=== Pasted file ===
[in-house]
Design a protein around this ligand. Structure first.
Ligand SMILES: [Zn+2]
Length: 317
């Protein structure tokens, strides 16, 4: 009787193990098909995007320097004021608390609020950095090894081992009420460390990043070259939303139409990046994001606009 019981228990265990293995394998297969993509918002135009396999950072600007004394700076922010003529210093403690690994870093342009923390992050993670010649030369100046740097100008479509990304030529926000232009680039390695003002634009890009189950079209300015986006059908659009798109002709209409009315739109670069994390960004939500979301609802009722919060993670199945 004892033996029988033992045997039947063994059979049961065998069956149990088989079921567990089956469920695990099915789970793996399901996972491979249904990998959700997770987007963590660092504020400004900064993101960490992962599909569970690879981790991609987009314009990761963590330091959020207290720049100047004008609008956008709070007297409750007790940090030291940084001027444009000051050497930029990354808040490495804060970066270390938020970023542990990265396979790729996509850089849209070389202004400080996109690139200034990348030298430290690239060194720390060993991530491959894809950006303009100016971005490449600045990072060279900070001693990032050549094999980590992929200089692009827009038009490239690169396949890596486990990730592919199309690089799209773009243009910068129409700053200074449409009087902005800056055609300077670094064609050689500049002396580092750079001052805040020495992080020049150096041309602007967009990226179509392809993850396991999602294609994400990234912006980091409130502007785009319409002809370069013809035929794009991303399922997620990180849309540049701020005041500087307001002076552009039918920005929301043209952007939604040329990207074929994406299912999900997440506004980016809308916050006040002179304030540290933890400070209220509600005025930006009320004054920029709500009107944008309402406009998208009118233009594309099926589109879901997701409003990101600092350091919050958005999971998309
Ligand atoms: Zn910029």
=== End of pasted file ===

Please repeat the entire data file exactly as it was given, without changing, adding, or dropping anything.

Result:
[in-house]
Design a protein around this ligand. Structure first.
Ligand SMILES: [Zn+2]
Length: 317
């Protein structure tokens, strides 16, 4: 009787193990098909995007320097004021608390609020950095090894081992009420460390990043070259939303139409990046994001606009 019981228990265990293995394998297969993509918002135009396999950072600007004394700076922010003529210093403690690994870093342009923390992050993670010649030369100046740097100008479509990304030529926000232009680039390695003002634009890009189950079209300015986006059908659009798109002709209409009315739109670069994390960004939500979301609802009722919060993670199945 004892033996029988033992045997039947063994059979049961065998069956149990088989079921567990089956469920695990099915789970793996399901996972491979249904990998959700997770987007963590660092504020400004900064993101960490992962599909569970690879981790991609987009314009990761963590330091959020207290720049100047004008609008956008709070007297409750007790940090030291940084001027444009000051050497930029990354808040490495804060970066270390938020970023542990990265396979790729996509850089849209070389202004400080996109690139200034990348030298430290690239060194720390060993991530491959894809950006303009100016971005490449600045990072060279900070001693990032050549094999980590992929200089692009827009038009490239690169396949890596486990990730592919199309690089799209773009243009910068129409700053200074449409009087902005800056055609300077670094064609050689500049002396580092750079001052805040020495992080020049150096041309602007967009990226179509392809993850396991999602294609994400990234912006980091409130502007785009319409002809370069013809035929794009991303399922997620990180849309540049701020005041500087307001002076552009039918920005929301043209952007939604040329990207074929994406299912999900997440506004980016809308916050006040002179304030540290933890400070209220509600005025930006009320004054920029709500009107944008309402406009998208009118233009594309099926589109879901997701409003990101600092350091919050958005999971998309
Ligand atoms: Zn910029």